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Malaysia urges Beijing's cooperation in South China Sea
[KUALA LUMPUR] Malaysia has called for China to cooperate with Southeast Asia in speeding up talks on a set of rules in the disputed South China Sea, where Beijing's island-building activities have sparked international alarm.
Foreign Minister Anifah Aman, whose country hosts a regional summit next week, also cautioned rival claimants to the strategic seaway against taking actions that stoke tensions, according to an interview published Thursday in The Star.
He said Malaysia planned to use its position as chair of the Association of Southeast Asian Nations (Asean) this year to push for progress on a maritime Code of Conduct (CoC) aimed at preventing provocative actions.
"Malaysia hopes China will work together with ASEAN member-states in hastening the conclusion of negotiations on the CoC," Mr Anifah told the newspaper.
Asean has pushed China for more than a decade to agree on a legally binding code of conduct, which would build on a non-binding 2002 pledge by parties to respect freedom of navigation, resolve disputes through negotiation, and exercise "self-restraint".
But Beijing is widely believed to be dragging its feet on setting any rules that could impede its freedom of action in a sea it considers its own territory.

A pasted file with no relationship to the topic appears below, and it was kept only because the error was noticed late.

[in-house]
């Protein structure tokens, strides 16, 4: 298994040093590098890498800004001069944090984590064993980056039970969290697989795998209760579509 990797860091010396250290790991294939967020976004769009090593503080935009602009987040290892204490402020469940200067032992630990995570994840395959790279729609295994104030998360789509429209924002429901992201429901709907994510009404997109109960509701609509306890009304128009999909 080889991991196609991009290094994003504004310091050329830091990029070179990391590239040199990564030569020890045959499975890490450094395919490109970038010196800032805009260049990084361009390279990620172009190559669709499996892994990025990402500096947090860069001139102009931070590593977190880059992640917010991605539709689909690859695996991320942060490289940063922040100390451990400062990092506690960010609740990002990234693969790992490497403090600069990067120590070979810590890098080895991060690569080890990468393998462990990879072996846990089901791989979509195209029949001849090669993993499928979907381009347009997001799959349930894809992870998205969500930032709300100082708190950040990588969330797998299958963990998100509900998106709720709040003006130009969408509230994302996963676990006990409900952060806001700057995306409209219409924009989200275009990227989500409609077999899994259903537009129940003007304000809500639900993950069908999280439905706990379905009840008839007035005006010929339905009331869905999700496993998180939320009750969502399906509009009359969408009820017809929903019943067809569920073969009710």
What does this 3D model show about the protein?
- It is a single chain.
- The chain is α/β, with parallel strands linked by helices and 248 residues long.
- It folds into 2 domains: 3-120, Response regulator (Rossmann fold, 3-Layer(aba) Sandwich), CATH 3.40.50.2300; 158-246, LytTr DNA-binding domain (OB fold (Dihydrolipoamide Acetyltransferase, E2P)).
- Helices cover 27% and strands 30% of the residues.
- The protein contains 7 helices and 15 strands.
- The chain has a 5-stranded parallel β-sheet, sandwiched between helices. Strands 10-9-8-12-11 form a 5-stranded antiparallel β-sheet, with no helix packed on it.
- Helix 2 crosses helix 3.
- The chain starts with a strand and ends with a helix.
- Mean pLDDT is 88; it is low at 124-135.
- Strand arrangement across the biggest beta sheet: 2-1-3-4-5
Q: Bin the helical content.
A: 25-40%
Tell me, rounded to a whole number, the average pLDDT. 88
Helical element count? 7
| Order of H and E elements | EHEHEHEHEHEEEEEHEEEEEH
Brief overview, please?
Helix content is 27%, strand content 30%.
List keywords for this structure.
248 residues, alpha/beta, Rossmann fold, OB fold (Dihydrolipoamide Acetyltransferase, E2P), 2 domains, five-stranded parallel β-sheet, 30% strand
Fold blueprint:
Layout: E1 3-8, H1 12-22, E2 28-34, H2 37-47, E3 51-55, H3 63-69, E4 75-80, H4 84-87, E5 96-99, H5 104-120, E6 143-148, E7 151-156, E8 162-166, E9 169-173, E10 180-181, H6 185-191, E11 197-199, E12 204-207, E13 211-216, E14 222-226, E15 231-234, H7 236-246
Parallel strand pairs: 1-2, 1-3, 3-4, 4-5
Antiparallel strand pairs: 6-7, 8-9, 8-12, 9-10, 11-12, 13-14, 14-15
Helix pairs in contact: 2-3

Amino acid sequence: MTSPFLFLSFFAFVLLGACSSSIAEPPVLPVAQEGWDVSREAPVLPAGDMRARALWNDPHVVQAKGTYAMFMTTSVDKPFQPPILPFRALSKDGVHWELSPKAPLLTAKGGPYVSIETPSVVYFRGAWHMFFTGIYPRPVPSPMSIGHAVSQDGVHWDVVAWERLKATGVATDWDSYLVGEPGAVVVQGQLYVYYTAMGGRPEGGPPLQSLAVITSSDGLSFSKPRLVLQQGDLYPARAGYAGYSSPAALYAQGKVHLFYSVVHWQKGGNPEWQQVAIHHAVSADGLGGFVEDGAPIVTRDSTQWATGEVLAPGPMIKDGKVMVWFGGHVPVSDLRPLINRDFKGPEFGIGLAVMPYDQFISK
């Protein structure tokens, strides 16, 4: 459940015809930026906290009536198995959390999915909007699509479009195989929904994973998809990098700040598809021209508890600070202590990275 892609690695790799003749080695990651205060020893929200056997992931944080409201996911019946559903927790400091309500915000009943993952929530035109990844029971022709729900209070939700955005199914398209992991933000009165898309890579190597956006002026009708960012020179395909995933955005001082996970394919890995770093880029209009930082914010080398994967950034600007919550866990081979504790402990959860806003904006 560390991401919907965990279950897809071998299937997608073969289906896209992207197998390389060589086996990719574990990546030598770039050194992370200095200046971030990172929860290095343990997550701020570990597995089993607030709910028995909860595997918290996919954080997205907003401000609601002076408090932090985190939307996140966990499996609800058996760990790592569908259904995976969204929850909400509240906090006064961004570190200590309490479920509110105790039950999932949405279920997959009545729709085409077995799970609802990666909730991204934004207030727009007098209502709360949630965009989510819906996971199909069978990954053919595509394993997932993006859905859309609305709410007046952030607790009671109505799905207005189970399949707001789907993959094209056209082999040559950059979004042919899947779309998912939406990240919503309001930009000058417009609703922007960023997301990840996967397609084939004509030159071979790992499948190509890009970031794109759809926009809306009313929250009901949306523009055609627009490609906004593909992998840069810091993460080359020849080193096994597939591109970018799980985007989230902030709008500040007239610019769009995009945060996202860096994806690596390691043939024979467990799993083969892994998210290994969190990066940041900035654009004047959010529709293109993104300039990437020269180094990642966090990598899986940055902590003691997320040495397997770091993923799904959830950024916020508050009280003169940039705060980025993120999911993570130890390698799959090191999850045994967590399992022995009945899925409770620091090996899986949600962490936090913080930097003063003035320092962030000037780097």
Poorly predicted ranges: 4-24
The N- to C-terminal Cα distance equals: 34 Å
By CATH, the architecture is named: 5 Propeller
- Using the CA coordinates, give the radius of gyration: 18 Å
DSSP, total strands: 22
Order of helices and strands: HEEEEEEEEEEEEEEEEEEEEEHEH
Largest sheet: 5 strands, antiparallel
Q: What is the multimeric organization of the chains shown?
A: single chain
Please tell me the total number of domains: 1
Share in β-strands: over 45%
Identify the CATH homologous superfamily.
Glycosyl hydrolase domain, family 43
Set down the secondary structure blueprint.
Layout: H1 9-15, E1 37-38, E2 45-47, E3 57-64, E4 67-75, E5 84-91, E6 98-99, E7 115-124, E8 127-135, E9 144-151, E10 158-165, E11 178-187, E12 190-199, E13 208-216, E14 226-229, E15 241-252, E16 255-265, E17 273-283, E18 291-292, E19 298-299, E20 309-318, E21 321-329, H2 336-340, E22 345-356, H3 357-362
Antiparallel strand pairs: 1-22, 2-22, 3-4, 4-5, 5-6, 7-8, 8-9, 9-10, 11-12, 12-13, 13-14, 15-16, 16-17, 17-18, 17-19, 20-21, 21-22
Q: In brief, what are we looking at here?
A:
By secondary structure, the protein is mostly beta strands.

China has faced a storm of criticism following the emergence this month of satellite photos showing large-scale dredging and land-reclamation works on once-tiny reefs it controls, but whose sovereignty is contested.
The South China Sea, a vital avenue for world trade, has long been viewed as a potential flashpoint for conflict.
Vietnam, the Philippines, Malaysia, Brunei and Taiwan also have overlapping claims.
But China asserts sovereignty over nearly all of the sea and has prompted deep concern among its neighbours by aggressively building up its presence.
The land-reclamation works raise the spectre of a more permanent Chinese military and maritime presence in the heart of the South China Sea, from which it can project its growing might.
In an interview with AFP last week, Philippine President Benigno Aquino said China's activities "should engender fear for the rest of the world," and could threaten freedom of navigation.
Washington and the Group of 7 (G7) industrialised countries have also voiced concern.
China has hit back, saying the islands are its "indisputable" territory.
The Philippines has said it intends to raise the issue during the Asean summit in Malaysia on Monday.
Asean has a history of treading carefully with China on the issue, due to Beijing's immense trade and diplomatic leverage over individual members, and because not all 10 member-states have maritime claims.
In his interview with the tabloid Mr Anifah called for "meaningful and tangible progress" on the issue, adding the rival claimants must avoid "activities that can raise suspicions and escalate tension," while not directly accusing Beijing of such moves.